I understand Joe Biden’s reasons, I do. He has an economy to revive. He has to convince the middle classes not to give control of Congress back to Donald Trump in 2022. His priority is to meet the Chinese challenge and should he get even more involved in Afghanistan, where the Taliban already control more than three quarters of the territory?

I understand that he doesn’t want to, but I am no less ashamed, terribly ashamed, of abandoning men and women to these mad barbarians who forbid girls to go to school so that they know nothing but submission.

I say “we” because most of the EU Member States belong to NATO, which intervened in Afghanistan alongside the United States. This was after the September 11 attacks. It was after the Taliban refused to extradite Bin Laden. This intervention was fully justified and, above all, could have been a success because the Afghans wanted freedom, but when George Bush reinvested so much of the money and troops needed for Afghanistan in Iraq, we did nothing to prevent the incredible folly that led to the resurrection of the Taliban.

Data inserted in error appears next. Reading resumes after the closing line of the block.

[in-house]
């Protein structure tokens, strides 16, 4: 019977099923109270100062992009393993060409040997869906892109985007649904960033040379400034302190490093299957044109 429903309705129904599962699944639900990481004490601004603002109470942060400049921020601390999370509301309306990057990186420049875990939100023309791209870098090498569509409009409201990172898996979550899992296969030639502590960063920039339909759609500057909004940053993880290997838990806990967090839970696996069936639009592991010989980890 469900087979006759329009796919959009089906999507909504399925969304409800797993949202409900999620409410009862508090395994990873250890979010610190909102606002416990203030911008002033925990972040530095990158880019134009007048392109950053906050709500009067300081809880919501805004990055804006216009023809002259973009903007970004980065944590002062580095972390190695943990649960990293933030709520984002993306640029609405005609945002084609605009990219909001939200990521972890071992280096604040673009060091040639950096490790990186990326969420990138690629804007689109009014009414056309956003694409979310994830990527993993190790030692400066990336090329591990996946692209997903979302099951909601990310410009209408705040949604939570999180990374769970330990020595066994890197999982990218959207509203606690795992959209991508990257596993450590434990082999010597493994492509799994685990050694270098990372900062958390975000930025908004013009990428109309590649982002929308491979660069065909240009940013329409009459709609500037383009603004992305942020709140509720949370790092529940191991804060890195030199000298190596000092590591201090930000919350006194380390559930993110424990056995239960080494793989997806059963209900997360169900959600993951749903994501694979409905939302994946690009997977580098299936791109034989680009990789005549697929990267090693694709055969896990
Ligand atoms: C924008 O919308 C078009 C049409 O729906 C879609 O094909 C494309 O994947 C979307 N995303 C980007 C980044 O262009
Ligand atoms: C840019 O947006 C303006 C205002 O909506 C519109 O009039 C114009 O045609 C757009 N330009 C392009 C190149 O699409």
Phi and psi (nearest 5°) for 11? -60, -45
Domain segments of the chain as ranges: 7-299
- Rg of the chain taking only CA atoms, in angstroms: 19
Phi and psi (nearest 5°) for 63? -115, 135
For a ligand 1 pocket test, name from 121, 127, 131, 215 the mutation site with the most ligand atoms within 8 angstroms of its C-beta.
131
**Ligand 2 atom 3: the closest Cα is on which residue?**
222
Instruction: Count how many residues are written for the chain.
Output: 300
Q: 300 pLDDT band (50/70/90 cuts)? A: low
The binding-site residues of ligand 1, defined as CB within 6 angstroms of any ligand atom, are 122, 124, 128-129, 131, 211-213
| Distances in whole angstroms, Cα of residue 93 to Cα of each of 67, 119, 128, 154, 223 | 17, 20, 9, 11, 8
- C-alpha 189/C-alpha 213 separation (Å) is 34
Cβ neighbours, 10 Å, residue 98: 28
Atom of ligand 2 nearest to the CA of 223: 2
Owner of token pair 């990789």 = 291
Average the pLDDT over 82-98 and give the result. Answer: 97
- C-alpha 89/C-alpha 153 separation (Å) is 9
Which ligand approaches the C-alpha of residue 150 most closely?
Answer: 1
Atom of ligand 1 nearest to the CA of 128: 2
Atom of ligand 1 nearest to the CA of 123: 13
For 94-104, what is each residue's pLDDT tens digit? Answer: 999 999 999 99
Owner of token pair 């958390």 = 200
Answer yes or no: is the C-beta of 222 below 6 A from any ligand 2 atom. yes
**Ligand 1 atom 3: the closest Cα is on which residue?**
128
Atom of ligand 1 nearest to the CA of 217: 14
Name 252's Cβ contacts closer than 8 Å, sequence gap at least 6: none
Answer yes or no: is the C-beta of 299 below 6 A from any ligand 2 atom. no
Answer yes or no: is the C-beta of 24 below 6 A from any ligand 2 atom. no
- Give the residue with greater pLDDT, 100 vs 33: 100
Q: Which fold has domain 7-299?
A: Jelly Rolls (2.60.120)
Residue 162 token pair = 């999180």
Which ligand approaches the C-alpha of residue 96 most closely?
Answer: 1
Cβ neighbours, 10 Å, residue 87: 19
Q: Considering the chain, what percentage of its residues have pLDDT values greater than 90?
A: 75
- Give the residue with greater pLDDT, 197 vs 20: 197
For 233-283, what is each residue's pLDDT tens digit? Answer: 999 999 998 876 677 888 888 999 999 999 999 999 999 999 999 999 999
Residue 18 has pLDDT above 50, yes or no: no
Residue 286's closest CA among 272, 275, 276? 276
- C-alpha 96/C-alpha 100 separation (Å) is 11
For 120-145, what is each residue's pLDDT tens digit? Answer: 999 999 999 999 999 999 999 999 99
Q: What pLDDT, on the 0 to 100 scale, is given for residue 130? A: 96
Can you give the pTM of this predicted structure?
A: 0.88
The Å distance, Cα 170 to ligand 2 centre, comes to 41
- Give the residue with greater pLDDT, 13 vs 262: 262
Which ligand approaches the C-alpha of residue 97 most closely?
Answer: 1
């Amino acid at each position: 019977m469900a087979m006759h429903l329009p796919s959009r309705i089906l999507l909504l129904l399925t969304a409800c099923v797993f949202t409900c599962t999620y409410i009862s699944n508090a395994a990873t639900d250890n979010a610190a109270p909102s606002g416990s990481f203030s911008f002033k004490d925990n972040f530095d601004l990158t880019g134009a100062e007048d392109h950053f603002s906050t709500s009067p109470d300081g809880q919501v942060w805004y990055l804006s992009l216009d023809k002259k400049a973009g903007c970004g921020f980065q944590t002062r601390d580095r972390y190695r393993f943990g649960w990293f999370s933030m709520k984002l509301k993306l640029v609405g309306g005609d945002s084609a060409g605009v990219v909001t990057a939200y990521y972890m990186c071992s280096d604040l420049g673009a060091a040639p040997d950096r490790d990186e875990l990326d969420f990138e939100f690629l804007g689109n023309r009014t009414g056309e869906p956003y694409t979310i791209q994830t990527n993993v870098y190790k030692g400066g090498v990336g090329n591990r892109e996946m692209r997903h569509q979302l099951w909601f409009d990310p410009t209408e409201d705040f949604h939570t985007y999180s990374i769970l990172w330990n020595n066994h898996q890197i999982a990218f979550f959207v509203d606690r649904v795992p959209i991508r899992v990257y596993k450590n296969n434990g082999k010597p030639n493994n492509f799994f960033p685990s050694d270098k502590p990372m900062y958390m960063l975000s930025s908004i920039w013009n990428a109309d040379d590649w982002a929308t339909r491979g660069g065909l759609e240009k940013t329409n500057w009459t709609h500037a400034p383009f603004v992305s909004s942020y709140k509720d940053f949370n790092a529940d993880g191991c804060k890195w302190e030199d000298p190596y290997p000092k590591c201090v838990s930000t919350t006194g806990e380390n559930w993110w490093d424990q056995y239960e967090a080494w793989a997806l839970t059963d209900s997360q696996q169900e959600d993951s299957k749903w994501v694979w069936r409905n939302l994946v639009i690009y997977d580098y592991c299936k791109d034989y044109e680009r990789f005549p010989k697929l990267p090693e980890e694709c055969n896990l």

France, Germany and the whole of European public opinion had of course rallied against the Iraqi adventure, but we were unable to prevent it or to save the Afghans from this betrayal. We were not strong enough to do so, and at a time when the Americans are packing up and looking away from those they are abandoning, we are still not in a position to save the honour of the world’s democracies.

We too are leaving. We too are closing our ears to the tragedy of so many men and women who believed that we were really there to help them fight obscurantism and protect them from it. Of course, we cannot remain alone. I understand that we are leaving, but I am ashamed, and in this abysmal shame I am sure of only two things.

The first is that one should not intervene in a foreign country in the name of democracy if one is not sure that one can and will stay there long enough to make it triumph. We must never do this again, because we then increase the misfortunes of the people we are supposed to help, we then even more convince the opponents of democracy that we are nothing but paper tigers, and inflict defeats on ourselves from which the dictatorships, in this case Iran and Turkey, immediately benefit.

As for the second lesson to be learned from this Afghan infamy, it is that our Union must finally become, tomorrow, as quickly as possible, an autonomous power capable of deciding its own policy and conducting it as an essential player on the international scene.

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